Video Tape Transcript of Toronto Usenix Symposium Keynote Address

This is a transcript of a video taped keynote address in absentia, for the Toronto Usenix Symposium. The normal text is Don Hopkins talking. The (parenthetcal italic text) is extra annotation and explanation that's not on the video tape.

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Hello, my name is Don Hopkins, and I ported SimCity to Unix on top of X11 using the TCL/Tk toolkit, and also on top of the NeWS window system using HyperLook. Unfortunately I can't be in Toronto to demonstrate this stuff to you, but fortunately I have some video tapes that you can see that demonstrate the whole system.

The X11 version of SimCity is multi player, and several people can join the game, and cooperate, and people draw roads, and put down buildings in different places, and then when you do something important, like change the tax rate, or build an airport, you have to get everybody else who's playing to agree where to put it, and which thing to put down. So it makes you slow down and rationalize what you're doing, and explain to people why it is you want to put it there. It's a really interesting addition to SimCity because it adds politics.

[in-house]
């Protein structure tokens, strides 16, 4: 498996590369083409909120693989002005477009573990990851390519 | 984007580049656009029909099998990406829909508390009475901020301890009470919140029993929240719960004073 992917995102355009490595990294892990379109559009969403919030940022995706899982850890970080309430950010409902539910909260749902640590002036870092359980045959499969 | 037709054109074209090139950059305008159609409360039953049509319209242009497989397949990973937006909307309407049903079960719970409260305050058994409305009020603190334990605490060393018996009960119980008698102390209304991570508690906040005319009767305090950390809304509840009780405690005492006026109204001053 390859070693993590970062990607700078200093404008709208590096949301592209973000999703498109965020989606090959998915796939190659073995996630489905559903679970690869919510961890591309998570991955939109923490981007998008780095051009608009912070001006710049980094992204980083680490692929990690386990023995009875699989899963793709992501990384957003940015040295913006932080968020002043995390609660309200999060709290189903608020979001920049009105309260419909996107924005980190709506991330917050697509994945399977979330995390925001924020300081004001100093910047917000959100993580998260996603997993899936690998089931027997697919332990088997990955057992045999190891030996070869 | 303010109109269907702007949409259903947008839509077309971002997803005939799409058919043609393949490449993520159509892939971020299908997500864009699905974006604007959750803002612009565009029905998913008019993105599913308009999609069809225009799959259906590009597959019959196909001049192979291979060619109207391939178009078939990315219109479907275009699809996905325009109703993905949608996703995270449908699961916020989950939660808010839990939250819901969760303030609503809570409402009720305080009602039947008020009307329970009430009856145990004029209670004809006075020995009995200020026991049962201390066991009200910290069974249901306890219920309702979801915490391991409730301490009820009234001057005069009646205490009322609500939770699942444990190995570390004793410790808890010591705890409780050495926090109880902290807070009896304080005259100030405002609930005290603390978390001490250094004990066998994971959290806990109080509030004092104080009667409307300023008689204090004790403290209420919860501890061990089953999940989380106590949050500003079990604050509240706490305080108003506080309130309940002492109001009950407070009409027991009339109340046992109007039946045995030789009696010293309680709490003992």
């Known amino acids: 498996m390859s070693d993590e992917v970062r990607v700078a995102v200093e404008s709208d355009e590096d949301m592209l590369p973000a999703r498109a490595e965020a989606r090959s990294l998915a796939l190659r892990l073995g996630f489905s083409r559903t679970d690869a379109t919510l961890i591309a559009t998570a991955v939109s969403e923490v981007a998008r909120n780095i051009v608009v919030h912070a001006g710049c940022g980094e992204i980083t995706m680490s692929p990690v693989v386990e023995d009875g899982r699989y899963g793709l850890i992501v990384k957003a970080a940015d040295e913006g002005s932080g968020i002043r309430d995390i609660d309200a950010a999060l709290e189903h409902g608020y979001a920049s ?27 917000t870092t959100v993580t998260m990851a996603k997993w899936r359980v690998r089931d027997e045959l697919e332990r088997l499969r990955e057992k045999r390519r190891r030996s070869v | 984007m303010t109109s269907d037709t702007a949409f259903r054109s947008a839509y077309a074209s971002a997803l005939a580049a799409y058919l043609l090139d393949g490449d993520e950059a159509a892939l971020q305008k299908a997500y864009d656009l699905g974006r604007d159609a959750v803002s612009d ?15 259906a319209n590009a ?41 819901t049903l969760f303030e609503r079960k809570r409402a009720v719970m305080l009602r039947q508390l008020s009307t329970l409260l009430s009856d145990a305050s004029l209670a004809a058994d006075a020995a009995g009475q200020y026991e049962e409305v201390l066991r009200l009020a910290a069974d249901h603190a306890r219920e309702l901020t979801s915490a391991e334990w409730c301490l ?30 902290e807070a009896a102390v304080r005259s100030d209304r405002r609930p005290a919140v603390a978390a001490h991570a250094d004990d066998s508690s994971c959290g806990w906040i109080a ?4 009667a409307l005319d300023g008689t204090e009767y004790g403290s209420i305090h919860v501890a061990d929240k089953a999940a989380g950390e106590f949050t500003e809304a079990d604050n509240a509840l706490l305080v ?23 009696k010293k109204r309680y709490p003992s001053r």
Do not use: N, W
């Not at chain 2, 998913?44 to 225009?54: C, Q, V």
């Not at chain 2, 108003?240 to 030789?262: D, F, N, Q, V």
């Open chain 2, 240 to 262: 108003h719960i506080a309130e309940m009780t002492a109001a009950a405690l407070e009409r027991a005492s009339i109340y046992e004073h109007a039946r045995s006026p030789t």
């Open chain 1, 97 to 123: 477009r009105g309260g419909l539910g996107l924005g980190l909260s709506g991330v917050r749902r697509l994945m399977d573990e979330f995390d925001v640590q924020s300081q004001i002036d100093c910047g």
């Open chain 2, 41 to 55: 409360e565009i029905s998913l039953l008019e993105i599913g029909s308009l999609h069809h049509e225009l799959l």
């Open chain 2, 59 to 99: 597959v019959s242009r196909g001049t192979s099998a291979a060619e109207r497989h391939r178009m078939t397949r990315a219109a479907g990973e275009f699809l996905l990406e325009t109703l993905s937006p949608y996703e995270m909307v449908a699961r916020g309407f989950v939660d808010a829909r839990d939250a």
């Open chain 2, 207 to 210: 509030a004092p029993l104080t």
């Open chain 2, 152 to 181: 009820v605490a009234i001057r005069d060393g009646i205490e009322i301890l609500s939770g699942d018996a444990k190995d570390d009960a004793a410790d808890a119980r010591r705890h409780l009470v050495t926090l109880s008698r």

I'm going to show first the X11 version, which is on top of TCL/Tk, and that's a free toolkit that's available, written by John Ousterhaut at Berkeley. There's a book that's coming out describing it, and you can just get TCL/Tk and use it to make products for free. You don't have to pay anything for it, and it's actually very good code. It really beats the pants off of Motif, and we were able to modify it in order to support things like colormaps and multiple displays the way we needed to, and add things to it like a sound server to make sound effects, and pie menus for quickly selecting city editing tools. TCL/Tk made alot of sense for SimCity.